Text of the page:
It’s safe to say that this is not how the Denver Nuggets expected their season to end, swept in the second round on their home court by a team that hadn’t made the postseason in over a decade, Nikola Jokic already in the locker room after an absolute bogus ejection, Jamal Murray in street clothes on the bench with his head in his hands wondering how different things would be if he weren’t injured.

Indeed, after a run to the Western Conference Finals last season, expectations heading into 2020-21 were clear: the Nuggets would be competing for an NBA Championship.

Sometimes things just don’t work out.

Like the other final four teams from the bubble, Denver lost the war of attrition after Murray tore his ACL in early April, followed shortly thereafter by injuries to Monte Morris, Will Barton and PJ Dozier. Morris and Barton were able to return eventually, but the glaring absence of Murray and Dozier became too much to overcome against the elite backcourt of Chris Paul and Devin Booker.

Still, the Nuggets fought to the bitter end. Even after Jokic tomahawked Cam Payne and had his season ended early, the rest of the team dug deep and stayed within striking distance even as the superior Suns slowly closed the door shut.

For a majority of teams, getting swept would be a major step back regardless of the circumstances. While along the fringes there are certainly areas that Denver could and should look to improve upon this offseason, this outcome is far from a regression.

“I don’t think people understand us winning that first round series, just how impressive that was without our starting backcourt,” Malone said last night. It’s a testament to just how good Nikola Jokic is that with 30-year old rookie Facundo Campazzo and Austin Rivers coming in off the street, Denver went toe-to-toe with Damian Lillard and CJ McCollum and came out on top.

With Murray the Nuggets still would have taken Portland, but would he have made a difference against Phoenix? The Suns played a nearly perfect series and are peaking at the right time. One could make a real argument that the Suns still would have won – but there is absolutely no way it would have been in four games. Murray averaged 26.5 points in the playoffs last season; throwing him into the mix changes everything.

There is a real chance that with Murray the Nuggets could have not only defeated Phoenix but actually gone all the way to the NBA Finals. A rematch against either the Clippers or Utah Jazz in the conference finals would not have been impossible to win. But,we’ll never know. File this season into the archives alongside 2013’s 57 win team that suffered without Danilo Gallinari into the “What-if?” category.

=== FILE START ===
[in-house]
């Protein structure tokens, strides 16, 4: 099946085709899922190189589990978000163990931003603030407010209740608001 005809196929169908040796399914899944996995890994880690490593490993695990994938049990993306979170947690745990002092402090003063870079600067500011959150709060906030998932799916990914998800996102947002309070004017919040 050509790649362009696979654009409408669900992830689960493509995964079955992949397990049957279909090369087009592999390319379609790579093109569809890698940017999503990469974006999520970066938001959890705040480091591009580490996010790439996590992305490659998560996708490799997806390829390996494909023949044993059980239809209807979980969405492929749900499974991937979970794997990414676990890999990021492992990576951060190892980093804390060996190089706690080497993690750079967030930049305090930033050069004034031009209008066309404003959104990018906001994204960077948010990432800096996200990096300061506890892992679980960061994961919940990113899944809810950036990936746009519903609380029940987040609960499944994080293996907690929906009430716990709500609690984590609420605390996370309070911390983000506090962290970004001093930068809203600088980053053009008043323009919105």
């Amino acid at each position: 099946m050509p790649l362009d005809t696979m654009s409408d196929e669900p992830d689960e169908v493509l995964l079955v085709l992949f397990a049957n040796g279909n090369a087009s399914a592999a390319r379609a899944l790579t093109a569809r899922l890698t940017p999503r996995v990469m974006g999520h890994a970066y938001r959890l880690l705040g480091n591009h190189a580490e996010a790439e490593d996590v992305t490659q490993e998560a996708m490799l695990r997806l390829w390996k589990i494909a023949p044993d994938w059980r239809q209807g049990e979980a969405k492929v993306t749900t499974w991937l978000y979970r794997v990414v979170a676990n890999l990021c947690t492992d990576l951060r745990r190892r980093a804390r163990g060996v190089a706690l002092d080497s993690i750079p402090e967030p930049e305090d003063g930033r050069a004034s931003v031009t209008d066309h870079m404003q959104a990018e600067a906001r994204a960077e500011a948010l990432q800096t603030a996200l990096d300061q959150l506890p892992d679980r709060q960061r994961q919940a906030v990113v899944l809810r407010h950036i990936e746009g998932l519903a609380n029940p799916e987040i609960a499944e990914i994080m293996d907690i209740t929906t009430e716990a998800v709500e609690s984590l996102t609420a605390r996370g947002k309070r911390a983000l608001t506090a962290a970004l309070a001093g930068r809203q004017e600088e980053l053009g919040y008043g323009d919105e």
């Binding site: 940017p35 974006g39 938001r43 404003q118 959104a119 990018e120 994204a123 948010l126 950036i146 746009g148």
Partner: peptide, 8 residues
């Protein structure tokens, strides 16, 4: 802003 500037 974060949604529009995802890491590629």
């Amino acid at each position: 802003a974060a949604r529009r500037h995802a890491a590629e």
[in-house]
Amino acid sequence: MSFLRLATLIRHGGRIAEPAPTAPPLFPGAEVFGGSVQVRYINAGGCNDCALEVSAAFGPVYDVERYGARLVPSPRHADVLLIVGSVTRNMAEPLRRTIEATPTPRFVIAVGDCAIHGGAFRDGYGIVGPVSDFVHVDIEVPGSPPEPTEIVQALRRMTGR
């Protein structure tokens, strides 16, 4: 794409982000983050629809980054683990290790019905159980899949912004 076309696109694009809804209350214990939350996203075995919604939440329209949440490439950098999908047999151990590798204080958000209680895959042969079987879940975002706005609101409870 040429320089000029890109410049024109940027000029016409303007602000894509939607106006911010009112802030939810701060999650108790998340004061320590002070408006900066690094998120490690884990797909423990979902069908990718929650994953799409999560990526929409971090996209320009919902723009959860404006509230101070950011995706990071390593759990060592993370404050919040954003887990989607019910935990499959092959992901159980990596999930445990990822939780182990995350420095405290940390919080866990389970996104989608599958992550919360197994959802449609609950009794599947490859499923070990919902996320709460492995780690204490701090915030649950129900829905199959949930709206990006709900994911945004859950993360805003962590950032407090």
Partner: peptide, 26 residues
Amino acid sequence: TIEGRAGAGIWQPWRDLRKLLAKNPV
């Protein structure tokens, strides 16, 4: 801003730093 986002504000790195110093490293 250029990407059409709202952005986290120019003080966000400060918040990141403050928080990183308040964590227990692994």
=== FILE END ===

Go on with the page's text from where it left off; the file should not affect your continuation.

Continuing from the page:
What we do know is this: the Denver Nuggets will be back. This team has worked too hard and built too strong of a culture to let this season mar what still looks to be an incredible future.

The Nuggets got a taste of just how good they can be with this current roster construction in the nine games between the March 25 trade deadline when Aaron Gordon was acquired and the fateful night Murray tore his ACL. Denver went a league best 8-1 in that stretch, including two really impressive wins over the Philadelphia 76ers and the LA Clippers. Looking back, Michael Malone said last night he felt the Nuggets could “win it all” with Gordon following that win in Los Angeles. Just 11 days later, Murray went down.

It’s small sample size, but at this point it’s more than enough to hang on to. The Nuggets are a great team that isn’t going away anytime soon. They should be more motivated than ever.

Nikola Jokic, who even after winning the most prestigious individual award the league has to offer doesn’t get any respect from the officials or his NBA peers. More players tweeted in disbelief over his ejection than did congratulate him on winning MVP.

Jamal Murray, perhaps the most competitive player on the team, sitting on the sideline helpless as he watched the season go down the drain.

Michael Porter Jr., a kid with all the natural talent in the world who despite his improvements in a breakout sophomore season had his weaknesses targeted again and again in the postseason.

Will Barton, the fans’ scapegoat, who begged Michael Malone to let him start because he wanted to help this team win so bad despite just coming back from an awful hamstring injury that technically had him on a minutes restriction.

Aaron Gordon, “Mr. 50”, who came into a new role as the glue guy after years of being the guy in Orlando and does all the intangibles the right way.

Every single player on the Nuggets roster has a similar story. This team will forever be underdogs. That is why they will continue to prove everyone wrong.

In the long run, an earlier exit from this postseason might be beneficial. Denver will have more time to rest and heal up after a 72-game season and two playoff runs all within a 10-month span.

This season may have ended earlier than expected, but it was still a success. Next year will be, too.